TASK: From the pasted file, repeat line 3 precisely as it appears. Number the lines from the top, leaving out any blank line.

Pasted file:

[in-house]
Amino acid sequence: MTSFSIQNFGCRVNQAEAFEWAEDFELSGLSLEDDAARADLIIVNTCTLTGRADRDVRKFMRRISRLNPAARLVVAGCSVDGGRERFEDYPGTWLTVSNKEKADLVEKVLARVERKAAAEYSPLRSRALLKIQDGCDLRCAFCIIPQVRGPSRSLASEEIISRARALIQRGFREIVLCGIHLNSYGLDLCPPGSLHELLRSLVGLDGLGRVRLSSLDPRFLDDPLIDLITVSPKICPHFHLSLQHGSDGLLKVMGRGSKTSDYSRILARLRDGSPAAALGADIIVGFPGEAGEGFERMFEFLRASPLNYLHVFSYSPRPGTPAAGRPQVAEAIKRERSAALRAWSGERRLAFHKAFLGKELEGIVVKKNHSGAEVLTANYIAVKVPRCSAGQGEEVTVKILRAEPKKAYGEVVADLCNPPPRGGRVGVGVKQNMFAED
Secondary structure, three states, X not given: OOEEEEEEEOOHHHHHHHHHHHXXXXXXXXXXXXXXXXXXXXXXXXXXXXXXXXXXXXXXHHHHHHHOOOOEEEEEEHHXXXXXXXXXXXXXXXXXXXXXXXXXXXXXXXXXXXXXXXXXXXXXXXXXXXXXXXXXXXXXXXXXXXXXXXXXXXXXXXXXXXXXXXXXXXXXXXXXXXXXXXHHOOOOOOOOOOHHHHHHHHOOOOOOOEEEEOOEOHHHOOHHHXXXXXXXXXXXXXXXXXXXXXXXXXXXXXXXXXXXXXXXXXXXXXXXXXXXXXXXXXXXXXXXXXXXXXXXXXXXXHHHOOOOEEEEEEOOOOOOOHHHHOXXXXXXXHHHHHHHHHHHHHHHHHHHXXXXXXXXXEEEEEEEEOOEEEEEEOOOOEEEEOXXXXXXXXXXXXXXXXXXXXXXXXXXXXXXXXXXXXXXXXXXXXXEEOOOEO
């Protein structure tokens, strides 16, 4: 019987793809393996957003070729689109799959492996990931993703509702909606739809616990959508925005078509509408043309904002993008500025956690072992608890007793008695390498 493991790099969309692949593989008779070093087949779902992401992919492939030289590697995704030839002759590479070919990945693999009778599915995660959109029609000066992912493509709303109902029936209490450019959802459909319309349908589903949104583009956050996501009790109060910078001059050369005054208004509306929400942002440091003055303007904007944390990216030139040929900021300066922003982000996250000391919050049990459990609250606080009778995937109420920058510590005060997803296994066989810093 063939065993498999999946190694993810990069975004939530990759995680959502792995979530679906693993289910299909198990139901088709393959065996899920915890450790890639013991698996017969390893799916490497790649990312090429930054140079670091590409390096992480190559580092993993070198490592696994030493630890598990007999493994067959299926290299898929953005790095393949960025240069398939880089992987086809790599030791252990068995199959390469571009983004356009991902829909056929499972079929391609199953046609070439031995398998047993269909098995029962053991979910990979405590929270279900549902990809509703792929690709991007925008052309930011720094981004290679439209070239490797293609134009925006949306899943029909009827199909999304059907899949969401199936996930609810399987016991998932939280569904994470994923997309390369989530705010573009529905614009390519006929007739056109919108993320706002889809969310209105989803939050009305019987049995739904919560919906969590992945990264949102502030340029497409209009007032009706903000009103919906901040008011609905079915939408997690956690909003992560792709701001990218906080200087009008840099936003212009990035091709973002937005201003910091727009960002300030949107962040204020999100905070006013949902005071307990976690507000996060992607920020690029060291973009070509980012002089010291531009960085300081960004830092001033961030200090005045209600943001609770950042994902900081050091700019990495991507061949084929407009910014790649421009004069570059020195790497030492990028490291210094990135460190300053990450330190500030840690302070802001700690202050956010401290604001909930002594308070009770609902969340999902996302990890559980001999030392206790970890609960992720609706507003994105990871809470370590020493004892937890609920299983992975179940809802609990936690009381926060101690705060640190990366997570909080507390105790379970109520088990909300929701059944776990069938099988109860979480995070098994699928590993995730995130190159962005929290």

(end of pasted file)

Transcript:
Secondary structure, three states, X not given: OOEEEEEEEOOHHHHHHHHHHHXXXXXXXXXXXXXXXXXXXXXXXXXXXXXXXXXXXXXXHHHHHHHOOOOEEEEEEHHXXXXXXXXXXXXXXXXXXXXXXXXXXXXXXXXXXXXXXXXXXXXXXXXXXXXXXXXXXXXXXXXXXXXXXXXXXXXXXXXXXXXXXXXXXXXXXXXXXXXXXXHHOOOOOOOOOOHHHHHHHHOOOOOOOEEEEOOEOHHHOOHHHXXXXXXXXXXXXXXXXXXXXXXXXXXXXXXXXXXXXXXXXXXXXXXXXXXXXXXXXXXXXXXXXXXXXXXXXXXXXHHHOOOOEEEEEEOOOOOOOHHHHOXXXXXXXHHHHHHHHHHHHHHHHHHHXXXXXXXXXEEEEEEEEOOEEEEEEOOOOEEEEOXXXXXXXXXXXXXXXXXXXXXXXXXXXXXXXXXXXXXXXXXXXXXEEOOOEO